Gov. Brown’s Executive Order: Necessary budgetary reform

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On December 8, the Governor issued his long awaited Executive Order on “common-sense budgeting methods.” Although the Executive Order has minor language variations from those used in SB 14 (which the Governor vetoed), the Executive Order will accomplish the same purpose and will lay the foundation for a major change in California state budgeting. For those who watch the state budget process it is a dramatic shift in the way program budgets are built, discussed in the legislature and then implemented.

The first step is to recognize that there is a problem with the state budget-making system. Over the last several years, California Forward, along with a variety of civic minded groups, has been working with the legislature and two successive administrations to revise the state’s budgeting practices. The issues that we and others have identified are universal and recognized by Governor Brown are:

  • Current budgeting method focuses on incremental changes to the prior year’s funding, rather than a deeper review of programs and a focus on program results;
  • Employing methods to evaluate and improve programs requires close collaboration with the Legislature to establish mutual agreement on program goals and measuring performance.

What do we expect from the administration early next year? Their Executive Order outlines a new budget practice that will begin to replace the old “work load” model: 

  • A strategy to incorporate program-evaluation methods into the budget process for selected activities and programs;
  • Ways to ensure transparency about program goals, outcomes, and funding;
  • A process for collaborating with the Legislature, particularly in establishing program goals and measuring program outcomes;
  • A structure to work with local governments to develop methods to measure and evaluate the performance of state-funded, locally-administered programs.

These steps are supportive of our initiative measure, the Government Performance and Accountability Act. Our measure will institutionalize this process so that future governors will find performance assessment and working toward public policy goals a standard part of the decision making process. We will continue to support and assist the administration in efforts to accomplish our mutual goals.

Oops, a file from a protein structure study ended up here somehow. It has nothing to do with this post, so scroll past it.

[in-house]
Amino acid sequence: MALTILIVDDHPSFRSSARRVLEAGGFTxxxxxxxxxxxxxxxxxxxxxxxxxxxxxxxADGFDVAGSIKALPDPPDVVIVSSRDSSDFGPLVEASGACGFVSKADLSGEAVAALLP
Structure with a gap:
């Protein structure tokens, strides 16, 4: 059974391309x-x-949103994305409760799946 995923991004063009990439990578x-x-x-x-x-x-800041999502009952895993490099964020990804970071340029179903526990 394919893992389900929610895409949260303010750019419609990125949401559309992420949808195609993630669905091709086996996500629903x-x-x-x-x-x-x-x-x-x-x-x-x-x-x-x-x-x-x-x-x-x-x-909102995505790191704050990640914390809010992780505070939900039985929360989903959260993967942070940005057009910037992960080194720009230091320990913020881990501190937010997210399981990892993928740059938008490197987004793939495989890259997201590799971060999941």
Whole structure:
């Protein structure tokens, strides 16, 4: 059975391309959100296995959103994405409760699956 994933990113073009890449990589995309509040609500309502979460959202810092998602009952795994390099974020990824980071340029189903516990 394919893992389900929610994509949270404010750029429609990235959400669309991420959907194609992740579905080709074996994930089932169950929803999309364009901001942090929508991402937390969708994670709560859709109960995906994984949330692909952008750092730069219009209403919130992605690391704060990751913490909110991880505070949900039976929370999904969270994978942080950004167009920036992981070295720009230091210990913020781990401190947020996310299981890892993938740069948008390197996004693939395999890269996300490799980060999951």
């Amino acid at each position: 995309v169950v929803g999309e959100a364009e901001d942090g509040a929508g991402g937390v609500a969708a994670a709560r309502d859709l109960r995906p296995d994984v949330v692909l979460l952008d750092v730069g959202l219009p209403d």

Below we present a sampling of quotations garnered from around CA on Gov. Brown’s Executive Order:

“I’m happy to see the Governor embrace positive performance measures in the budgeting process. What’s puzzling is why he vetoed a bill just a few months ago that I jointly authored with Senator Wolk, which would have accomplished the same goals.  SB 14 had wide, bipartisan support in the State Legislature, but after months of testimony in several committees, it became clear that the Governor’s own Department of Finance opposed the idea of performance based budgeting. The Governor’s veto message called SB 14 a “panacea,” that offered “little chance of actual (budget) improvement.” He’s now issued a statement to work collaboratively with the Legislature to implement the ideas contained in SB 14, which begs the question of why he vetoed the measure to begin with.”

–          Bob Huff (R-Los Angeles), CA state senator, Republican Caucus Chair , co-author SB 14

“I applaud the Governor for recognizing that our budget system is broken and directing his staff to come up with a plan to fix the problem in the next 90 days,” Wolk said.  “If we are going to restore public confidence in state government – and we need that confidence if we want to talk with the public about increasing revenues – then the Governor and the Legislature together need to get serious about increasing transparency and accountability throughout state government.”

–          Lois Wolk (D-San Joaquin Co.), CA state senator, Chair of the Senate’s Governance and Finance Committee, co-author SB 14

“Responsible state budgeting will signal a commitment to entrepreneurs, to California businesses thinking about expansion and to businesses considering an investment in the state that the government is willing to be held accountable on the issue of performance. California government should apply the same basic common sense principles as both for-and non-profit businesses through multi-year and performance-based budgeting to evaluate successful or unsuccessful programs.”

–          Carl Guardino, President and CEO, Silicon Valley Leadership Group

“The Governor’s executive order takes the best ideas California Forward has been developing with lawmakers over the course of the year to require the state to do what every successful business in California is doing already: Make sure the state’s programs are working. The order will require state agencies to set goals for their programs and then measure their progress toward those goals. This is basic common-sense, it’s not partisan or controversial, and it will be good for California businesses.”

–          Linda Best, President of the Contra Costa Council


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